This information comes to us from Dementia Guide, part of the National Social Services Board. These are some important considerations to help you plan and enjoy your holiday with a person with dementia.
Going on vacation together can provide shared experiences and a break from everyday life for both people with dementia and caregivers. To make the holiday a good experience, it is important to prepare thoroughly. The person with dementia may find new surroundings confusing or respond inappropriately. As a caregiver, you may use as much energy to ensure that the person with dementia will have a good journey, you do not even get anything out of the holiday. Therefore, it is important that you carefully consider what kind of holiday that is most suitable for you. Continue reading
My sweet friend, Amanda, sent me this video today with the caption:
This is us when we grow up!
It’s an awesome Icelandic band singing a song about the feelings and joy that come with jumping in puddles. And it’s an awesome video of people 70+ playing like 8 year olds 🙂
Enjoy the video!
This is an inspirational and educational post – yea! The idea is that EVERY SINGLE ONE OF US can help to improve dementia care. You don’t have to be providing direct care to make a difference in someone’s life. In fact, it could be as simple as smiling and holding a door for someone else.
If you think you are too small to make a difference, try sleeping with a mosquito.
~His Holiness, the 14th Dalai Lama
Family members to provide personal care to someone with dementia are more likely to have higher levels of stress, higher rates of depression, and more health complications than people who care for other conditions and than non-carers. They are absorbing a lot of care responsibilities as dementia progresses and sacrificing their own privacy, personal time, relaxation, social activities, and often self-care activities. They are selflessly giving themselves to benefit someone else. And if that doesn’t bring some humanity warmth into your heart, then you need to watch some videos on kittens or something and then come back and read this post.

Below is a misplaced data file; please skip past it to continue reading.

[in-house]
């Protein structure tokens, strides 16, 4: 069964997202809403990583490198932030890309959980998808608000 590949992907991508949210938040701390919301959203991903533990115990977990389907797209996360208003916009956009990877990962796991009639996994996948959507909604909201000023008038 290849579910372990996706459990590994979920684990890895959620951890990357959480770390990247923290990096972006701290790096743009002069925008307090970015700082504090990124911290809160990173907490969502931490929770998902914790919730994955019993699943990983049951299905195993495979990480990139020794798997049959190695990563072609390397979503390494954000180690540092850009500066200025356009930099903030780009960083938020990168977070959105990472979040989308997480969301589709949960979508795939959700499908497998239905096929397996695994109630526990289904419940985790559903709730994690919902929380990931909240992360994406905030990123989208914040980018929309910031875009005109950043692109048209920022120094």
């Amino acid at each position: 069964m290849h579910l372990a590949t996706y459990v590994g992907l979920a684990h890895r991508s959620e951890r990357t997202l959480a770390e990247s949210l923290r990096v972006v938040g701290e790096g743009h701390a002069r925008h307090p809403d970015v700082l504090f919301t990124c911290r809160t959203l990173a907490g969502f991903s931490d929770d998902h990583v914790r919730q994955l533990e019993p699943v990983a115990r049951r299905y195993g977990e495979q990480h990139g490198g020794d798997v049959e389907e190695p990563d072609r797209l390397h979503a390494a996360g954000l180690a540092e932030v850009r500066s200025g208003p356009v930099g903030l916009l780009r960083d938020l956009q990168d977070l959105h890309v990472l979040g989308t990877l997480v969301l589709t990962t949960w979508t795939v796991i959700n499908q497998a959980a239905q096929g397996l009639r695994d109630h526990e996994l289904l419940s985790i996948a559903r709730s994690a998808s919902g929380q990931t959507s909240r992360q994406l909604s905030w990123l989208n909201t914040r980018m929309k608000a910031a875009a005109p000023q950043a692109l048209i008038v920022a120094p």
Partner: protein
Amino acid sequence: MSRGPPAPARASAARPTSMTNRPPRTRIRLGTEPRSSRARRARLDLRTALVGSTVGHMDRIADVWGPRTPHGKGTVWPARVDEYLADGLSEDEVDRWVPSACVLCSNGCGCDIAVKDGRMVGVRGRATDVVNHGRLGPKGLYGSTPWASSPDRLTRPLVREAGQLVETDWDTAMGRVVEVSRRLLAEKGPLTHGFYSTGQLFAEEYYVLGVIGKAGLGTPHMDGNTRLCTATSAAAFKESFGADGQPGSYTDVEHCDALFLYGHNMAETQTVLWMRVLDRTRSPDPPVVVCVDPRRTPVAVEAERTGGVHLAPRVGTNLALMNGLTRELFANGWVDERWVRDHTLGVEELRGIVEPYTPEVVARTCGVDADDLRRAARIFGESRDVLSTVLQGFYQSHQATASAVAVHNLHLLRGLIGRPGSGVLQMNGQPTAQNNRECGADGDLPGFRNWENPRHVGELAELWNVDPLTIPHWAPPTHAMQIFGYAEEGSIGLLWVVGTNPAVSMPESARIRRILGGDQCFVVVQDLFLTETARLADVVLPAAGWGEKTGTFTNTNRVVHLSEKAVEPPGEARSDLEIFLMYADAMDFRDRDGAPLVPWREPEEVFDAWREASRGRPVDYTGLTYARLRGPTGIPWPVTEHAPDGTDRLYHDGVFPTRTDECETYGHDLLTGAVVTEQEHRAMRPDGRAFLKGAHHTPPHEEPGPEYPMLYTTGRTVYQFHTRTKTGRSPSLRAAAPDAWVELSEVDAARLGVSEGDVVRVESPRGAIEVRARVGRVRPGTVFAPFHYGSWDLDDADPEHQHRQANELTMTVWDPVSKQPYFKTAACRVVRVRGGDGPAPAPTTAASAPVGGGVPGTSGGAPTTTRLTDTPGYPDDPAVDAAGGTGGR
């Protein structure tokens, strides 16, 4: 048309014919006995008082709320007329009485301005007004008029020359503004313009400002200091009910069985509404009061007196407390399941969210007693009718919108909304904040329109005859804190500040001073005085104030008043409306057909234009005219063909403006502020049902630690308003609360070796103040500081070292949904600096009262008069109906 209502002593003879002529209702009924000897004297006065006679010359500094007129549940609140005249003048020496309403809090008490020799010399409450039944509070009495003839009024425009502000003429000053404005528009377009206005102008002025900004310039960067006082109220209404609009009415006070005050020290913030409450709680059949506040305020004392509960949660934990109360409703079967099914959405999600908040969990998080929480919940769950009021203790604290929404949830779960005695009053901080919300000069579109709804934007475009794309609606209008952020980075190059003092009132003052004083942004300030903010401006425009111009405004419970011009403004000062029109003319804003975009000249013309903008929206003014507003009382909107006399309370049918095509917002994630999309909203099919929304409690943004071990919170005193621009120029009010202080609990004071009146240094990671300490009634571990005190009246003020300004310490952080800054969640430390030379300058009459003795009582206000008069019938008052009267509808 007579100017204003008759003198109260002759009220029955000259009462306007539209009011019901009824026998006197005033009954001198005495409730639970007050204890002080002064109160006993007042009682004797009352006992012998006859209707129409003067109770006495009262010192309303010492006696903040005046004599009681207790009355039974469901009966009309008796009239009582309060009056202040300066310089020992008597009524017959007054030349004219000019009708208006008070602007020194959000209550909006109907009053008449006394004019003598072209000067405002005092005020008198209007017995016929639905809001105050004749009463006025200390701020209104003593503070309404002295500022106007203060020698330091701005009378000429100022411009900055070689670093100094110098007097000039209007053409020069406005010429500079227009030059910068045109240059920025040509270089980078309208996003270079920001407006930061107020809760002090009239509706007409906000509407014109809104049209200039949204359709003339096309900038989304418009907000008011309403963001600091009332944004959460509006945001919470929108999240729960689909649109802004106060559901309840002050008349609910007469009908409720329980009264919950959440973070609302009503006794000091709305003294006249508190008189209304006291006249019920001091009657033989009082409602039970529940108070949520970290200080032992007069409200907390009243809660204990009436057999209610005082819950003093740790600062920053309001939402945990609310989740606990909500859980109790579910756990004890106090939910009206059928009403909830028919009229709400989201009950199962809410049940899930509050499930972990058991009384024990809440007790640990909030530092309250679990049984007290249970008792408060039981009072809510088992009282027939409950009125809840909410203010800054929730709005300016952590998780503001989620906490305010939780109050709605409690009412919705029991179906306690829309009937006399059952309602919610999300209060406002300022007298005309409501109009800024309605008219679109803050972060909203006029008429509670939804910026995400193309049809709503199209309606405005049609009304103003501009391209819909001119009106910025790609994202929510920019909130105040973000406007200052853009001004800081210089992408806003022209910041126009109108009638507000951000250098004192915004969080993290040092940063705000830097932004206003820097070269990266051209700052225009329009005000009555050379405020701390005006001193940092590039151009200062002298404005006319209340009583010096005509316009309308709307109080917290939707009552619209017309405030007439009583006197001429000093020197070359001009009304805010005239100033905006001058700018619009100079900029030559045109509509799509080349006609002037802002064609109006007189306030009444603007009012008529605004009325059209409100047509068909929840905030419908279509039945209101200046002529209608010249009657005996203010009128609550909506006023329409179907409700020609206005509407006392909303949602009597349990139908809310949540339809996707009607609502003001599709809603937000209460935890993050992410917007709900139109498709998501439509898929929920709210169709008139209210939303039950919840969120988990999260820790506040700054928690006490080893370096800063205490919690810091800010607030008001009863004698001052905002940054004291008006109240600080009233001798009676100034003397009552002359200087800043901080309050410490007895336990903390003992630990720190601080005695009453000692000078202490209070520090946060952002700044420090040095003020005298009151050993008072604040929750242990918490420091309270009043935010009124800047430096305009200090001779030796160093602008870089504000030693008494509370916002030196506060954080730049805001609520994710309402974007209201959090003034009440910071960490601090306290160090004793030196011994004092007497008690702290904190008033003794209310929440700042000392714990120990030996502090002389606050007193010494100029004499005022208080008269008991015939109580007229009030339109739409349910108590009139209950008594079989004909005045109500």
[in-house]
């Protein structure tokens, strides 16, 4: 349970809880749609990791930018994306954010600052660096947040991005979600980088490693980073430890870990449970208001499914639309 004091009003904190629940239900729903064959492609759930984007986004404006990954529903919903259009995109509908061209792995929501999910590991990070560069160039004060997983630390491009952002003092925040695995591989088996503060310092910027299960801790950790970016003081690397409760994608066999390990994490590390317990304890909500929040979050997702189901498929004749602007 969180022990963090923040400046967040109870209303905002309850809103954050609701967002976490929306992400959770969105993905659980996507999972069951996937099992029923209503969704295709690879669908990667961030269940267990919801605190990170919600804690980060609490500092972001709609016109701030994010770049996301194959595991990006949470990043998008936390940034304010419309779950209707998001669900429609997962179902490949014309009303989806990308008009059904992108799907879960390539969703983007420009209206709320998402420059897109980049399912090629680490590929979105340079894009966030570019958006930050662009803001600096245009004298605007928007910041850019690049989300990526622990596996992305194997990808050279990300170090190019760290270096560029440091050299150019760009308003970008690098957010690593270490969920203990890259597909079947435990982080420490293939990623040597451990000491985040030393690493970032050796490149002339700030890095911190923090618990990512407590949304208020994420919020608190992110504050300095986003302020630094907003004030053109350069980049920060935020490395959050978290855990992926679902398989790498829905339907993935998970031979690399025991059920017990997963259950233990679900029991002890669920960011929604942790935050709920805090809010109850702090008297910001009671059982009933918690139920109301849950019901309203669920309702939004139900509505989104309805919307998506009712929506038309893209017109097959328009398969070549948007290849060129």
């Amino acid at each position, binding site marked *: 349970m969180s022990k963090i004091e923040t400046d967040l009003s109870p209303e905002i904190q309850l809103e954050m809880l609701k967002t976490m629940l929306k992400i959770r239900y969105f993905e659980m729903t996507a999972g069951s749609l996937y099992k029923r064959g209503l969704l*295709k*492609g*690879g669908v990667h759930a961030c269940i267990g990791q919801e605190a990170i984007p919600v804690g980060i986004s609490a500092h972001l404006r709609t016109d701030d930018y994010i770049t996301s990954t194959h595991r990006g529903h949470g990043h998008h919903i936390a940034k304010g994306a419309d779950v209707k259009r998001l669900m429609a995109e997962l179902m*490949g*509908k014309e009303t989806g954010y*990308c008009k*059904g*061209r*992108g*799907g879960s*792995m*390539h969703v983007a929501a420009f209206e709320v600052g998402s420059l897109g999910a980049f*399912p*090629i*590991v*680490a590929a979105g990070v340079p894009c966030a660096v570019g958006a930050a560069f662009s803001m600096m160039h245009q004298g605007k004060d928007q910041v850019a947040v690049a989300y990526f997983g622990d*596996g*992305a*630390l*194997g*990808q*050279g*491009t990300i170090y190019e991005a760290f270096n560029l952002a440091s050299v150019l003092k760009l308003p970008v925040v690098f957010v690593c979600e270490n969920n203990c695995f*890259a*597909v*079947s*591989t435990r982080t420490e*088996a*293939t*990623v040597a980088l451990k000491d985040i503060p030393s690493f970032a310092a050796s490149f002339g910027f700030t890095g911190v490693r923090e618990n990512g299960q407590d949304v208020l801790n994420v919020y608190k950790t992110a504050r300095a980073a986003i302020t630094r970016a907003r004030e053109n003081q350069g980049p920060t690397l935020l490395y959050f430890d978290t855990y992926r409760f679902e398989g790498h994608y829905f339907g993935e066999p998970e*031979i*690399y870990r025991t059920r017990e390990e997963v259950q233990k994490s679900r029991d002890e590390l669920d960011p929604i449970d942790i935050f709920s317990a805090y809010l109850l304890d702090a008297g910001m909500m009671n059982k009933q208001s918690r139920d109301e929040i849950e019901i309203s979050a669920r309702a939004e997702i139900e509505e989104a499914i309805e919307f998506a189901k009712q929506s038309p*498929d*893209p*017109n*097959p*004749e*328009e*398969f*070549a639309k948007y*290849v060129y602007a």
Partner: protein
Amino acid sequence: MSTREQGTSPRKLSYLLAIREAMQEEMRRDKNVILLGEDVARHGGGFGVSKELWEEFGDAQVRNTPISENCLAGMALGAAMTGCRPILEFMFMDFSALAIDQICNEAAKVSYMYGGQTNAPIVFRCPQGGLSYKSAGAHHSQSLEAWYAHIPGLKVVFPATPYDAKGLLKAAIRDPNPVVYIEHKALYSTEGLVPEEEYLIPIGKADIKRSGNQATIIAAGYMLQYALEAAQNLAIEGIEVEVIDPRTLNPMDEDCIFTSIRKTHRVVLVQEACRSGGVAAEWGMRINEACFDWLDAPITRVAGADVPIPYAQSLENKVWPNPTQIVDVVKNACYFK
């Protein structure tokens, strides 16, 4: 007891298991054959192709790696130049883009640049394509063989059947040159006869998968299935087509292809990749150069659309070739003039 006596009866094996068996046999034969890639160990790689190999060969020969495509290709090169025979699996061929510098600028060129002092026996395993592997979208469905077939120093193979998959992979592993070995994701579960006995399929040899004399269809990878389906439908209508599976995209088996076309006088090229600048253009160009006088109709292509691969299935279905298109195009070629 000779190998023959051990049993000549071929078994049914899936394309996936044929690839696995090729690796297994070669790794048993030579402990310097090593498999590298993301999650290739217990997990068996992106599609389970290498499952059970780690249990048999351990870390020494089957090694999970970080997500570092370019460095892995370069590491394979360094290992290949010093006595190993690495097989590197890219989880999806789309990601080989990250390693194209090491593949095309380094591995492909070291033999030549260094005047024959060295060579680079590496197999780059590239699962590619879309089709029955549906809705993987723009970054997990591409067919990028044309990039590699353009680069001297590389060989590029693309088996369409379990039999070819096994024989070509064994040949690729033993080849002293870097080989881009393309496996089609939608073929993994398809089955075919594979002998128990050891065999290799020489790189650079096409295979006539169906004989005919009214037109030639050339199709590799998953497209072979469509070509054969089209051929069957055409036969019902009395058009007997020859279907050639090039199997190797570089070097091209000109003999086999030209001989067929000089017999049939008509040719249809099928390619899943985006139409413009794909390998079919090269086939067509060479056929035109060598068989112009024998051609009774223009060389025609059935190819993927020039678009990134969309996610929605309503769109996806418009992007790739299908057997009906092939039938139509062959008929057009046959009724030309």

I have a ton of respect for family care partners. They are amazing, special people.
And I kinda want everyone else to realize this as well.
If you know someone who is a carer, you can lend a helping hand! And by doing even small things to make their day brighter, easier, and less stressful, you are not only helping them out but also helping to make them better able to provide care for someone else.
They may be hesitant at first, but if you really mean it, keep offering and give specific ideas of what you can do for them. Here are 20 ideas of how you can make a difference. ANYTHING will be a help. If you try any of these out, I would love to hear about your experiences in the comments below.
Happy helping 🙂
- Have a short coffee or tea break and hang out for 30 minutes of easy chatting
- Help them with laundry – offer to pick it up and bring it back all clean the next day, or spend time with them and help them sort and fold laundry in their own home
- Offer to wash the dishes
- Offer to bring over dinner “I doubled my recipe and have enough for 2 families, can I bring over some?”
- Clean out or wash their car
- Let them know that they can call on you for support
- Mow their lawn or rake their leaves “I’m doing yardwork this weekend, can I come over and do yours while I’m at it?”
- Shovel snow off their sidewalks
- Offer to clean their gutters in the Spring
- Put their garbage bins back after collection day
- Bring them their mail
- Hold a door for them
- Ask them how they are – but be sure to LISTEN to them as well
- Let them know you are going to the grocery store or pharmacy and ask if you can pick anything up for them
- Offer to sit in for them for a few hours one day so they can run errands, exercise, or have alone time
- Give them a gift certificate for a massage, pedicure, whatever they might enjoy, and offer to sit in for them during that time
- Send a card
- Make a phone call
- Send an email or text message
- Offer to pick up their kids from school or activities, or to take their kids for a slumber party night